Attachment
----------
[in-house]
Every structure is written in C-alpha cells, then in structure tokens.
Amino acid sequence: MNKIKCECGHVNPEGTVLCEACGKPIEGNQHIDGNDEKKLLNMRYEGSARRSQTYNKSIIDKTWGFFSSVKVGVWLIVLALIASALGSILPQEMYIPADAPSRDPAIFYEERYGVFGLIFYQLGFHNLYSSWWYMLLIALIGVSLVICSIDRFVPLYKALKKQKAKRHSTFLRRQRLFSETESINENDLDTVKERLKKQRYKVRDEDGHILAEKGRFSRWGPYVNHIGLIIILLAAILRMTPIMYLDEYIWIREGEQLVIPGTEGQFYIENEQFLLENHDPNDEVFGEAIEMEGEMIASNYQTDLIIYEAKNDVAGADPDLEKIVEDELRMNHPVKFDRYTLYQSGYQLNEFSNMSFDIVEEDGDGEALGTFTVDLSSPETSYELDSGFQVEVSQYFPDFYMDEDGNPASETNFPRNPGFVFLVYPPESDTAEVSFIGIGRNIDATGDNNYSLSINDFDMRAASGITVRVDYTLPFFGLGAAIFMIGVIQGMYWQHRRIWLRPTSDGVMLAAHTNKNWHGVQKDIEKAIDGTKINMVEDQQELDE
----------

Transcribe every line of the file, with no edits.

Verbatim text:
[in-house]
Every structure is written in C-alpha cells, then in structure tokens.
Amino acid sequence: MNKIKCECGHVNPEGTVLCEACGKPIEGNQHIDGNDEKKLLNMRYEGSARRSQTYNKSIIDKTWGFFSSVKVGVWLIVLALIASALGSILPQEMYIPADAPSRDPAIFYEERYGVFGLIFYQLGFHNLYSSWWYMLLIALIGVSLVICSIDRFVPLYKALKKQKAKRHSTFLRRQRLFSETESINENDLDTVKERLKKQRYKVRDEDGHILAEKGRFSRWGPYVNHIGLIIILLAAILRMTPIMYLDEYIWIREGEQLVIPGTEGQFYIENEQFLLENHDPNDEVFGEAIEMEGEMIASNYQTDLIIYEAKNDVAGADPDLEKIVEDELRMNHPVKFDRYTLYQSGYQLNEFSNMSFDIVEEDGDGEALGTFTVDLSSPETSYELDSGFQVEVSQYFPDFYMDEDGNPASETNFPRNPGFVFLVYPPESDTAEVSFIGIGRNIDATGDNNYSLSINDFDMRAASGITVRVDYTLPFFGLGAAIFMIGVIQGMYWQHRRIWLRPTSDGVMLAAHTNKNWHGVQKDIEKAIDGTKINMVEDQQELDE